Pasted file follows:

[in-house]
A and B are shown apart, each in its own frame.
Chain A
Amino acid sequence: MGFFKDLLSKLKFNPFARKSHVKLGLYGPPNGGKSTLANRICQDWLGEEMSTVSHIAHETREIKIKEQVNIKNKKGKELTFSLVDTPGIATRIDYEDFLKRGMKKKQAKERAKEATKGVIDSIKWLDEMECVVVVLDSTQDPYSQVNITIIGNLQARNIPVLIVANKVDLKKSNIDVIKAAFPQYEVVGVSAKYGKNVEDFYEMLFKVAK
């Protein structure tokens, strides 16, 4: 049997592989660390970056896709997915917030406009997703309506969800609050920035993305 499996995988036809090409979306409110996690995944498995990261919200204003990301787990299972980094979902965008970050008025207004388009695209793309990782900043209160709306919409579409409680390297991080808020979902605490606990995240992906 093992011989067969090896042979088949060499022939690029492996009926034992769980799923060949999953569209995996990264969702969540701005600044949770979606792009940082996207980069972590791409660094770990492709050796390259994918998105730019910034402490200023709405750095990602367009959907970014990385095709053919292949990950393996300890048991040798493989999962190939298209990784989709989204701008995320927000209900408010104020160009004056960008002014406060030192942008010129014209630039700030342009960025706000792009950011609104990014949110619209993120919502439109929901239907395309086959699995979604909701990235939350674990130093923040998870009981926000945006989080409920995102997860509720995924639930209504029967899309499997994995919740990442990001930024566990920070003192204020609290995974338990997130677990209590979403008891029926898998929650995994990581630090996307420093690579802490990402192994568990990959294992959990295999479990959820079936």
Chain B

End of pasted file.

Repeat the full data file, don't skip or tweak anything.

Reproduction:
[in-house]
A and B are shown apart, each in its own frame.
Chain A
Amino acid sequence: MGFFKDLLSKLKFNPFARKSHVKLGLYGPPNGGKSTLANRICQDWLGEEMSTVSHIAHETREIKIKEQVNIKNKKGKELTFSLVDTPGIATRIDYEDFLKRGMKKKQAKERAKEATKGVIDSIKWLDEMECVVVVLDSTQDPYSQVNITIIGNLQARNIPVLIVANKVDLKKSNIDVIKAAFPQYEVVGVSAKYGKNVEDFYEMLFKVAK
């Protein structure tokens, strides 16, 4: 049997592989660390970056896709997915917030406009997703309506969800609050920035993305 499996995988036809090409979306409110996690995944498995990261919200204003990301787990299972980094979902965008970050008025207004388009695209793309990782900043209160709306919409579409409680390297991080808020979902605490606990995240992906 093992011989067969090896042979088949060499022939690029492996009926034992769980799923060949999953569209995996990264969702969540701005600044949770979606792009940082996207980069972590791409660094770990492709050796390259994918998105730019910034402490200023709405750095990602367009959907970014990385095709053919292949990950393996300890048991040798493989999962190939298209990784989709989204701008995320927000209900408010104020160009004056960008002014406060030192942008010129014209630039700030342009960025706000792009950011609104990014949110619209993120919502439109929901239907395309086959699995979604909701990235939350674990130093923040998870009981926000945006989080409920995102997860509720995924639930209504029967899309499997994995919740990442990001930024566990920070003192204020609290995974338990997130677990209590979403008891029926898998929650995994990581630090996307420093690579802490990402192994568990990959294992959990295999479990959820079936």
Chain B